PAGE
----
Oil prices have already crashed thanks to the price war between Russia and Saudi Arabia and the COVID-19 virus, but IHS Markit believes things are going to get worse.
In a March 16 note, IHS said the market faces a "historic surplus" of between 800 million and 1.3 billion barrels in the first six months of 2020 if current conditions persist. If that occurs, the firm said, the combination of high production and weakened demand would present a dire situation for the industry.
"Extraordinary conditions can lead to startling outcomes. That is where the oil market now finds itself — in a truly extraordinary situation in what has been a transformative week for the global industry," IHS said. "This situation points to the possible buildup of the most extreme global oil supply surplus ever recorded."
"The last time that there was a global surplus of this magnitude was never," said Jim Burkhard, vice president and head of oil markets for IHS Markit. "Prior to this the largest six-month global surplus this century was 360 million barrels. What is coming will be twice that or more."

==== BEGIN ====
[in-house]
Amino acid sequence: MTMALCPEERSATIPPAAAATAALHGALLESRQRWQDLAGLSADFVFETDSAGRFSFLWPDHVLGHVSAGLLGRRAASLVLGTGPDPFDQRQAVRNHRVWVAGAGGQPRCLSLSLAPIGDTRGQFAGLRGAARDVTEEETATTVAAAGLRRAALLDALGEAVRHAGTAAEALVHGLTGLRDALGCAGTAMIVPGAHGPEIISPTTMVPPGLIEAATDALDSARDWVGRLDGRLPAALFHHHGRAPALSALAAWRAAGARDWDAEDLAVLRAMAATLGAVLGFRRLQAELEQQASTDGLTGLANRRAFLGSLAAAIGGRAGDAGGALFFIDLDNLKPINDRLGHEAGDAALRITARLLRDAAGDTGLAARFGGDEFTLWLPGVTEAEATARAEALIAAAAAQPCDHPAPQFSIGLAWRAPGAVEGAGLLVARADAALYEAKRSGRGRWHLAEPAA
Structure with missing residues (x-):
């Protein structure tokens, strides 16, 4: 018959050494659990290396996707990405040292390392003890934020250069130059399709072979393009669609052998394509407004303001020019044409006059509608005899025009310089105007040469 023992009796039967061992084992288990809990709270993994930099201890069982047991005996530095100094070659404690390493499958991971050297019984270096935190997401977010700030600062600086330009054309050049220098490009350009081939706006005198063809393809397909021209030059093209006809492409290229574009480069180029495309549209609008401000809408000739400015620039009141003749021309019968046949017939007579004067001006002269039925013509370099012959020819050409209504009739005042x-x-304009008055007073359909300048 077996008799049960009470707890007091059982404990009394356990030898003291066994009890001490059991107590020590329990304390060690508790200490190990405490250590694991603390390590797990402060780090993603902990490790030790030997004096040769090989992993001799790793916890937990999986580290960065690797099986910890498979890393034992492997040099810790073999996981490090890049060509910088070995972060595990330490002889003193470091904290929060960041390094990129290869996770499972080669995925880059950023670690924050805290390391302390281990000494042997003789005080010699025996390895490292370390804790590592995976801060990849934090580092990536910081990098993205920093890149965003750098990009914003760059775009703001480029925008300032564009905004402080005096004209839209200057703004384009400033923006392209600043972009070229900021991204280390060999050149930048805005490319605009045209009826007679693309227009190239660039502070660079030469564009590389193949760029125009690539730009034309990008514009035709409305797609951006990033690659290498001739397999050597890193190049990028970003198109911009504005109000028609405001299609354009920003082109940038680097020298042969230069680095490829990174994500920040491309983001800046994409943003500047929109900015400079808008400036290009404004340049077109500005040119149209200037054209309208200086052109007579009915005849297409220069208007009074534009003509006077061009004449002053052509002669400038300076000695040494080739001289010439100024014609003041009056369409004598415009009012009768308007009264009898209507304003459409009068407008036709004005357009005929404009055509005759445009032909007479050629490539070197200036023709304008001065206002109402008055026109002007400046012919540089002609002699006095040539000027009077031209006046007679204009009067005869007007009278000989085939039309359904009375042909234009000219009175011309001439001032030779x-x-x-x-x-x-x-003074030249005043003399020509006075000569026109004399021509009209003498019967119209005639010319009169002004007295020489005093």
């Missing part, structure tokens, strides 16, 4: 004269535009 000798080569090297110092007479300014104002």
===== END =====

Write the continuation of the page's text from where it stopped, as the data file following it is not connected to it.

IHS said the global oil supply surplus on a monthly basis could vary between 4 million and 10 million barrels per day between February and May. Demand in March and April, the firm said, could be down by as much as 10 million bbl/d. If travel restrictions increase, commuting to and from work diminishes and the global economy slips into recession, IHS believes the surplus could reach the estimated high end of oversupply of 1.3 billion bbl.
"For context, up until now, the largest half-year global surplus since 2000 was in first half 2015, when it was a cumulative 352 [million barrels]," the firm said.
The country most capable of cutting back production quickly, the United States, will likely do so. IHS said the U.S. will likely see the biggest drop in production volumes of anywhere in the world if prices remain low.
"U.S. crude oil production, if and when new tight oil drilling stops, could fall by [2 million bbl/d to 4 million bbl/d] over 18 months," the firm said. "The spread of the coronavirus disease … and related movement restrictions raise the question as to whether oil production and supply chains [will] be impacted owing to lack of workers in key producing areas around the world."